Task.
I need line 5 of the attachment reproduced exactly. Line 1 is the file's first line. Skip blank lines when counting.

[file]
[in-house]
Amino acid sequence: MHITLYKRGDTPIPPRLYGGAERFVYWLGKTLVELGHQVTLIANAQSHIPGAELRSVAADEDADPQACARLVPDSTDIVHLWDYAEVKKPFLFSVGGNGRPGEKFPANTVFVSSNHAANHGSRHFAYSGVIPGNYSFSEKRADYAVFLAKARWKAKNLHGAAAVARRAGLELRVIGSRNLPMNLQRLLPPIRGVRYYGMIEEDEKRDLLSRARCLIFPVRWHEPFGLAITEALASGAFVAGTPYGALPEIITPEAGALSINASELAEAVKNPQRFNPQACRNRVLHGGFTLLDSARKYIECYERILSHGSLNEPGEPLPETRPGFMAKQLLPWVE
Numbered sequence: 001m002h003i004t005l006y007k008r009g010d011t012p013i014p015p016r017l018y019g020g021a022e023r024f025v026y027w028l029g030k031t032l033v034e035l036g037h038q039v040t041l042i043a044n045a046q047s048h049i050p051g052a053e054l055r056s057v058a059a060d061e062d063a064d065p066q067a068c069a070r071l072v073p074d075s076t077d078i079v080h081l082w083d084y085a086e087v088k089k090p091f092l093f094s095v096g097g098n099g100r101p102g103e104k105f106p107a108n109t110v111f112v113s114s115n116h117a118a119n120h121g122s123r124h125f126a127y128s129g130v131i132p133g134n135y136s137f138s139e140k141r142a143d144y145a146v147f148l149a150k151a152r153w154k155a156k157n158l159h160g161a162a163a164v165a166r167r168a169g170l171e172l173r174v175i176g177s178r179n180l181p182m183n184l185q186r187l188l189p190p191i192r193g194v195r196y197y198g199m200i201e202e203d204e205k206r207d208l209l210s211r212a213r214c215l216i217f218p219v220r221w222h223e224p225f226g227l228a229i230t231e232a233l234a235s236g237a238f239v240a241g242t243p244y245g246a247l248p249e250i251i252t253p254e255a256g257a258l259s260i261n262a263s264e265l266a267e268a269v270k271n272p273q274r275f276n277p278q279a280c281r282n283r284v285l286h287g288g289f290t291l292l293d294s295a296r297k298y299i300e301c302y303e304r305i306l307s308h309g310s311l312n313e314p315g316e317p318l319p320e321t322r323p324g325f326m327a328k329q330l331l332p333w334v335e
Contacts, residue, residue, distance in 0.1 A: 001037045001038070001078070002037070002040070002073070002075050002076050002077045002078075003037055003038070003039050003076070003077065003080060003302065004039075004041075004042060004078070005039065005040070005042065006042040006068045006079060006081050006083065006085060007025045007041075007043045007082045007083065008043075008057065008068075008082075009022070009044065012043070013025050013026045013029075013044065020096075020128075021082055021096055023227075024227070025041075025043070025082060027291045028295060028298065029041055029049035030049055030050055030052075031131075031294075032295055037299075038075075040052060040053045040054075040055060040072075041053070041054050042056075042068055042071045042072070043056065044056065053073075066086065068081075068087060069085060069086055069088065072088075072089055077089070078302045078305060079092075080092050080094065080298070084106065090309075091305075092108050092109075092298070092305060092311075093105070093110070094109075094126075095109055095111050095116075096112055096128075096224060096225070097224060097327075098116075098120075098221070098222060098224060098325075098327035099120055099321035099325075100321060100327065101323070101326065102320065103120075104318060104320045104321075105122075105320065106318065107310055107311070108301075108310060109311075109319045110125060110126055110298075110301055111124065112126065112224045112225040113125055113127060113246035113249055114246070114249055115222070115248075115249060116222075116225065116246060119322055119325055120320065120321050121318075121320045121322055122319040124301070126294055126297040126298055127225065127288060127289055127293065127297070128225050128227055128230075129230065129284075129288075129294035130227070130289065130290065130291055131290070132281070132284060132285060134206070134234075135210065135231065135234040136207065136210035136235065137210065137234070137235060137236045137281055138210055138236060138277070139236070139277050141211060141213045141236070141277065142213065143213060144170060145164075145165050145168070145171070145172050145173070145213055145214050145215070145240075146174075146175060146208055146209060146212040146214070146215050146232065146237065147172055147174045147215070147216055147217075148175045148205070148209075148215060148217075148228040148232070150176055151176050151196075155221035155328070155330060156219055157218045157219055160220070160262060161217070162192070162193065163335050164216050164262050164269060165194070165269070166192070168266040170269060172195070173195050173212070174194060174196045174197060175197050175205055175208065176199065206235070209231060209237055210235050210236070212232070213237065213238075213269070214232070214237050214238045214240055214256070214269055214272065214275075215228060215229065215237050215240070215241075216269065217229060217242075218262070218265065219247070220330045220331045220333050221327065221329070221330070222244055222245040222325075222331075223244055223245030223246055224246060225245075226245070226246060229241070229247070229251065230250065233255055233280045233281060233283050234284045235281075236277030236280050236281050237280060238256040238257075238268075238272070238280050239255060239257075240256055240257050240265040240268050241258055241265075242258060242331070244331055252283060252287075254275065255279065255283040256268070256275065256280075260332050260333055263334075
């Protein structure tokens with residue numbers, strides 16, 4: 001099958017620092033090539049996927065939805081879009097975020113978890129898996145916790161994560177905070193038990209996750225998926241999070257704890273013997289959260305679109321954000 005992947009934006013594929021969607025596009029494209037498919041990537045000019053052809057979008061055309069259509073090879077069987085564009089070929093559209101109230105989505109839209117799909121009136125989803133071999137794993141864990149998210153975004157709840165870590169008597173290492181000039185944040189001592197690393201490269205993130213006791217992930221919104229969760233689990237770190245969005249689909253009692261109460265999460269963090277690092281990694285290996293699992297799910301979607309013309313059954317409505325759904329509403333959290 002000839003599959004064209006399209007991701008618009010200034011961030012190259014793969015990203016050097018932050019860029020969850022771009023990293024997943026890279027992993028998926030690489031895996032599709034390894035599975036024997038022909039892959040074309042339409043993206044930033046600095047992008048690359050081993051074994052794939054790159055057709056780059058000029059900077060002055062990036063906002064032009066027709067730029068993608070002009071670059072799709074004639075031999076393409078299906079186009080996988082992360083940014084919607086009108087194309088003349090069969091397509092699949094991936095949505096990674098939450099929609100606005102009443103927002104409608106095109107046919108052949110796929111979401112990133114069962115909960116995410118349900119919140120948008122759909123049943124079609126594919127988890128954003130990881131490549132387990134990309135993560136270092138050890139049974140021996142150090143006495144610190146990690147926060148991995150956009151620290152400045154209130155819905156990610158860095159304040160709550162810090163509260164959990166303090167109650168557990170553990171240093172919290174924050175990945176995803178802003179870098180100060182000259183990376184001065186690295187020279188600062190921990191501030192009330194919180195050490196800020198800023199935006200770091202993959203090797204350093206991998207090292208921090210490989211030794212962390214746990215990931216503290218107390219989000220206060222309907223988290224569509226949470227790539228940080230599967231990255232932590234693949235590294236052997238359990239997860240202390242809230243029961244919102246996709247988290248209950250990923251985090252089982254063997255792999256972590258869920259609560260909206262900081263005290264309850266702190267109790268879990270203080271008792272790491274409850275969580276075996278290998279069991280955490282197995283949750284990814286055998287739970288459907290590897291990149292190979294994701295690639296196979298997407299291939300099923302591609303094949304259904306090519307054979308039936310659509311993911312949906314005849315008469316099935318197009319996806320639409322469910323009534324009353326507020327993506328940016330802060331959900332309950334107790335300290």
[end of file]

């Protein structure tokens with residue numbers, strides 16, 4: 001099958017620092033090539049996927065939805081879009097975020113978890129898996145916790161994560177905070193038990209996750225998926241999070257704890273013997289959260305679109321954000 005992947009934006013594929021969607025596009029494209037498919041990537045000019053052809057979008061055309069259509073090879077069987085564009089070929093559209101109230105989505109839209117799909121009136125989803133071999137794993141864990149998210153975004157709840165870590169008597173290492181000039185944040189001592197690393201490269205993130213006791217992930221919104229969760233689990237770190245969005249689909253009692261109460265999460269963090277690092281990694285290996293699992297799910301979607309013309313059954317409505325759904329509403333959290 002000839003599959004064209006399209007991701008618009010200034011961030012190259014793969015990203016050097018932050019860029020969850022771009023990293024997943026890279027992993028998926030690489031895996032599709034390894035599975036024997038022909039892959040074309042339409043993206044930033046600095047992008048690359050081993051074994052794939054790159055057709056780059058000029059900077060002055062990036063906002064032009066027709067730029068993608070002009071670059072799709074004639075031999076393409078299906079186009080996988082992360083940014084919607086009108087194309088003349090069969091397509092699949094991936095949505096990674098939450099929609100606005102009443103927002104409608106095109107046919108052949110796929111979401112990133114069962115909960116995410118349900119919140120948008122759909123049943124079609126594919127988890128954003130990881131490549132387990134990309135993560136270092138050890139049974140021996142150090143006495144610190146990690147926060148991995150956009151620290152400045154209130155819905156990610158860095159304040160709550162810090163509260164959990166303090167109650168557990170553990171240093172919290174924050175990945176995803178802003179870098180100060182000259183990376184001065186690295187020279188600062190921990191501030192009330194919180195050490196800020198800023199935006200770091202993959203090797204350093206991998207090292208921090210490989211030794212962390214746990215990931216503290218107390219989000220206060222309907223988290224569509226949470227790539228940080230599967231990255232932590234693949235590294236052997238359990239997860240202390242809230243029961244919102246996709247988290248209950250990923251985090252089982254063997255792999256972590258869920259609560260909206262900081263005290264309850266702190267109790268879990270203080271008792272790491274409850275969580276075996278290998279069991280955490282197995283949750284990814286055998287739970288459907290590897291990149292190979294994701295690639296196979298997407299291939300099923302591609303094949304259904306090519307054979308039936310659509311993911312949906314005849315008469316099935318197009319996806320639409322469910323009534324009353326507020327993506328940016330802060331959900332309950334107790335300290």